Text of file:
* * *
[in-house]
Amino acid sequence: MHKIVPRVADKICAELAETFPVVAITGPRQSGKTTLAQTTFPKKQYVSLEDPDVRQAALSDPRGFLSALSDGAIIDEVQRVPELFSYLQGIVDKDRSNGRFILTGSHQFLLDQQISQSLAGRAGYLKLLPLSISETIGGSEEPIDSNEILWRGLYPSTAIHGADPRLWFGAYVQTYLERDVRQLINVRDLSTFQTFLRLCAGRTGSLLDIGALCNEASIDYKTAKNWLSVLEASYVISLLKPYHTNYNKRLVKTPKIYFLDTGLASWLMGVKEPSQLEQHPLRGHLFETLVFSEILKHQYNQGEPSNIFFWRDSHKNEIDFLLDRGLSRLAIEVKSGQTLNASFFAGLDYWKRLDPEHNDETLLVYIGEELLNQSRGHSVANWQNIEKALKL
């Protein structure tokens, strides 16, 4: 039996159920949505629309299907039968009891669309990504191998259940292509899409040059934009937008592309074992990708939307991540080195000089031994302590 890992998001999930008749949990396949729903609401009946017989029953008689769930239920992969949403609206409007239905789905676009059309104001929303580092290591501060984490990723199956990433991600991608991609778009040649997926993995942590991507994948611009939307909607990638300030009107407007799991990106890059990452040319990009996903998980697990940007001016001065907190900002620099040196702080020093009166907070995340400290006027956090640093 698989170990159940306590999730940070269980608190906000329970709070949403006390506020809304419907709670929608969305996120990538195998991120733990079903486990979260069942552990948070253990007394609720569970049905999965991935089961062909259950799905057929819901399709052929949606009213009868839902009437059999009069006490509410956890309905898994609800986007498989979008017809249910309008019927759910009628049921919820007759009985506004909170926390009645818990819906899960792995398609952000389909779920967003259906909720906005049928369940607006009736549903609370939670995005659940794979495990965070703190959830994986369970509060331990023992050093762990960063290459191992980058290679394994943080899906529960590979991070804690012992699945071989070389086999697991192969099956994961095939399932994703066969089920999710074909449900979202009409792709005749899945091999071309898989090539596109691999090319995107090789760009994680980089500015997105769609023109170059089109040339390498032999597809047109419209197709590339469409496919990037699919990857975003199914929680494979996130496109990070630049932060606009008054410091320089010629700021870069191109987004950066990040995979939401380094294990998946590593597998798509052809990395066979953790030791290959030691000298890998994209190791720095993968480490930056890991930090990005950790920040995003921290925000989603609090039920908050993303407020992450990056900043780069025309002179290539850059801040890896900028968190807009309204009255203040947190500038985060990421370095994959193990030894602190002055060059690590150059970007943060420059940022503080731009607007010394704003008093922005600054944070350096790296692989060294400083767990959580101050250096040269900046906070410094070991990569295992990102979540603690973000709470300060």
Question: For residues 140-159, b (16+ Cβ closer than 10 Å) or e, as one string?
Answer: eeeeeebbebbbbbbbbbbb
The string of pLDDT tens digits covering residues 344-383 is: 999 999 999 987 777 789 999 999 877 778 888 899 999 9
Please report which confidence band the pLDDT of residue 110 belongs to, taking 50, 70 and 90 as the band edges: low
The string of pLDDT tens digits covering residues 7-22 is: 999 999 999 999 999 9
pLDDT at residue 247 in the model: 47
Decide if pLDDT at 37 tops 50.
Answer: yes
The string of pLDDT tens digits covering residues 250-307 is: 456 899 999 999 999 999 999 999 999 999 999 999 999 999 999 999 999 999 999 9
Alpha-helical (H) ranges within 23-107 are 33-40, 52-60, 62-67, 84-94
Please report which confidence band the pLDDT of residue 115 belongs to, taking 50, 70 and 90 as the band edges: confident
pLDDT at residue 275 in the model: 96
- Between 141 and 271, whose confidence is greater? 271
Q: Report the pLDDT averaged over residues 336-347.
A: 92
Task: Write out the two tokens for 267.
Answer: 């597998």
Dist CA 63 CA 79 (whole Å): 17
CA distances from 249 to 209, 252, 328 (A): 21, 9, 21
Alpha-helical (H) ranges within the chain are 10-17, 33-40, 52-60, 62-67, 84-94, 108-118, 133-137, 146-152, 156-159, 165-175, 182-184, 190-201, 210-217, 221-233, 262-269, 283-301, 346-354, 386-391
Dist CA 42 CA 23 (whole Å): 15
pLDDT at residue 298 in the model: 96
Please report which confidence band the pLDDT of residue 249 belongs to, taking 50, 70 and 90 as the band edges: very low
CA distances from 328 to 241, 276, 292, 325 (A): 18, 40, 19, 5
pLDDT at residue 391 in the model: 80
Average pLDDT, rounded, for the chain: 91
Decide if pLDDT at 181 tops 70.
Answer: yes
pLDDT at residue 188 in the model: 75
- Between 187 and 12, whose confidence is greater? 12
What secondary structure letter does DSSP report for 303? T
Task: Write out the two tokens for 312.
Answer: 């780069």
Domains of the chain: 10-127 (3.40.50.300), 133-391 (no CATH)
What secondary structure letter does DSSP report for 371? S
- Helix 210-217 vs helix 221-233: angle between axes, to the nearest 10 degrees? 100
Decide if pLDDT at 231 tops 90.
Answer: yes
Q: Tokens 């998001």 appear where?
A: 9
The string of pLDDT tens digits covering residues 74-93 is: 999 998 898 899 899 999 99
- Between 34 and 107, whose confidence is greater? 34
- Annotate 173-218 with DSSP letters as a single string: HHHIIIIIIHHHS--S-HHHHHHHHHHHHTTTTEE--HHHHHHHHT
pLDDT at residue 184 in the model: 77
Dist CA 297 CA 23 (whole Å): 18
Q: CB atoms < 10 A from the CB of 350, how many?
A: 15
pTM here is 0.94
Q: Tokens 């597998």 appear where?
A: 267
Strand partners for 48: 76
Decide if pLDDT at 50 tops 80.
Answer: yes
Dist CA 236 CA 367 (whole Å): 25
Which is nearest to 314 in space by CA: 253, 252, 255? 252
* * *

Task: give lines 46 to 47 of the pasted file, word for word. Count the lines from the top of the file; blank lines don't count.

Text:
- Annotate 173-218 with DSSP letters as a single string: HHHIIIIIIHHHS--S-HHHHHHHHHHHHTTTTEE--HHHHHHHHT
pLDDT at residue 184 in the model: 77